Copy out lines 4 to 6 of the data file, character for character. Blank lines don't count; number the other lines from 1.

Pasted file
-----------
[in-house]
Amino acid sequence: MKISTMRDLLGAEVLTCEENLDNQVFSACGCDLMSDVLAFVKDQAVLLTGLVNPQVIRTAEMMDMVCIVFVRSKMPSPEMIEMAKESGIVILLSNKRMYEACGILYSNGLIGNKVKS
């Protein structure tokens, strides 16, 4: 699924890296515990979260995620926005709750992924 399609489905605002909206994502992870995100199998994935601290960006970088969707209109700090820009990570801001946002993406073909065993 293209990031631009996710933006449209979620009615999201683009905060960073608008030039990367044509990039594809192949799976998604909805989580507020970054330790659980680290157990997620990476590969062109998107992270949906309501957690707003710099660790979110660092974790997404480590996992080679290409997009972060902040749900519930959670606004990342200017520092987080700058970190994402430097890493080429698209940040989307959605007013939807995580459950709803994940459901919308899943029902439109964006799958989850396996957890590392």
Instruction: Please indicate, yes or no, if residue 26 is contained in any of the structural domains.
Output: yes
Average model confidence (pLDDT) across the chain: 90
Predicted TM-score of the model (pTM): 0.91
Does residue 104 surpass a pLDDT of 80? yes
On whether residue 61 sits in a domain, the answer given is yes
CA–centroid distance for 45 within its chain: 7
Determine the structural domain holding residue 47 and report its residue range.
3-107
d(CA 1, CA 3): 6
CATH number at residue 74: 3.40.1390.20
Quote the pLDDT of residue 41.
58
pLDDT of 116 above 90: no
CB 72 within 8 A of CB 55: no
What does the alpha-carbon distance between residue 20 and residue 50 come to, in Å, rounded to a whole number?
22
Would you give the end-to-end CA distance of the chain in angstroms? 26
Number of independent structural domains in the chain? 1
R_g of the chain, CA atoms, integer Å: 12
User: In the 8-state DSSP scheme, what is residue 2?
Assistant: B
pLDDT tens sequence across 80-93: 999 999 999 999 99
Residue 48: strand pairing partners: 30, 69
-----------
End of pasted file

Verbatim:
Instruction: Please indicate, yes or no, if residue 26 is contained in any of the structural domains.
Output: yes
Average model confidence (pLDDT) across the chain: 90